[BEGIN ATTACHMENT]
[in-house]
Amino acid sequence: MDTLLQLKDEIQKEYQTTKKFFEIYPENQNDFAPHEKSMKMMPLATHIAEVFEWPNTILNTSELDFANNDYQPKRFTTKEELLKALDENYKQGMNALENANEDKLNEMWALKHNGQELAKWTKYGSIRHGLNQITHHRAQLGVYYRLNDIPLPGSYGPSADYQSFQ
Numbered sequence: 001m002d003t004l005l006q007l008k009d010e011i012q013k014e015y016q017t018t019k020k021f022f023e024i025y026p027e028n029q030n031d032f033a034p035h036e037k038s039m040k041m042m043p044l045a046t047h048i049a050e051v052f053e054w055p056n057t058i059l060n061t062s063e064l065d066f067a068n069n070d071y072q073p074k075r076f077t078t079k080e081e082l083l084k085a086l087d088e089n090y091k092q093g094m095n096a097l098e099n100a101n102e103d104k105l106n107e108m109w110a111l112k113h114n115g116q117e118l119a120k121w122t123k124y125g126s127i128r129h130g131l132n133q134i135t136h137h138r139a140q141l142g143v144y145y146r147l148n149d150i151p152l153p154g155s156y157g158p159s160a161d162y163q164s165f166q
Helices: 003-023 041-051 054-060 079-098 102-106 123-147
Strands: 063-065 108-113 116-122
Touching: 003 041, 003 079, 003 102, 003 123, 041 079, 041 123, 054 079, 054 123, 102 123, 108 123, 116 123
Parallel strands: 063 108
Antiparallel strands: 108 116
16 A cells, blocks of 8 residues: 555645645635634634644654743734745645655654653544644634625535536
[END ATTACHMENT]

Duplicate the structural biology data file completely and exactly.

[in-house]
Amino acid sequence: MDTLLQLKDEIQKEYQTTKKFFEIYPENQNDFAPHEKSMKMMPLATHIAEVFEWPNTILNTSELDFANNDYQPKRFTTKEELLKALDENYKQGMNALENANEDKLNEMWALKHNGQELAKWTKYGSIRHGLNQITHHRAQLGVYYRLNDIPLPGSYGPSADYQSFQ
Numbered sequence: 001m002d003t004l005l006q007l008k009d010e011i012q013k014e015y016q017t018t019k020k021f022f023e024i025y026p027e028n029q030n031d032f033a034p035h036e037k038s039m040k041m042m043p044l045a046t047h048i049a050e051v052f053e054w055p056n057t058i059l060n061t062s063e064l065d066f067a068n069n070d071y072q073p074k075r076f077t078t079k080e081e082l083l084k085a086l087d088e089n090y091k092q093g094m095n096a097l098e099n100a101n102e103d104k105l106n107e108m109w110a111l112k113h114n115g116q117e118l119a120k121w122t123k124y125g126s127i128r129h130g131l132n133q134i135t136h137h138r139a140q141l142g143v144y145y146r147l148n149d150i151p152l153p154g155s156y157g158p159s160a161d162y163q164s165f166q
Helices: 003-023 041-051 054-060 079-098 102-106 123-147
Strands: 063-065 108-113 116-122
Touching: 003 041, 003 079, 003 102, 003 123, 041 079, 041 123, 054 079, 054 123, 102 123, 108 123, 116 123
Parallel strands: 063 108
Antiparallel strands: 108 116
16 A cells, blocks of 8 residues: 555645645635634634644654743734745645655654653544644634625535536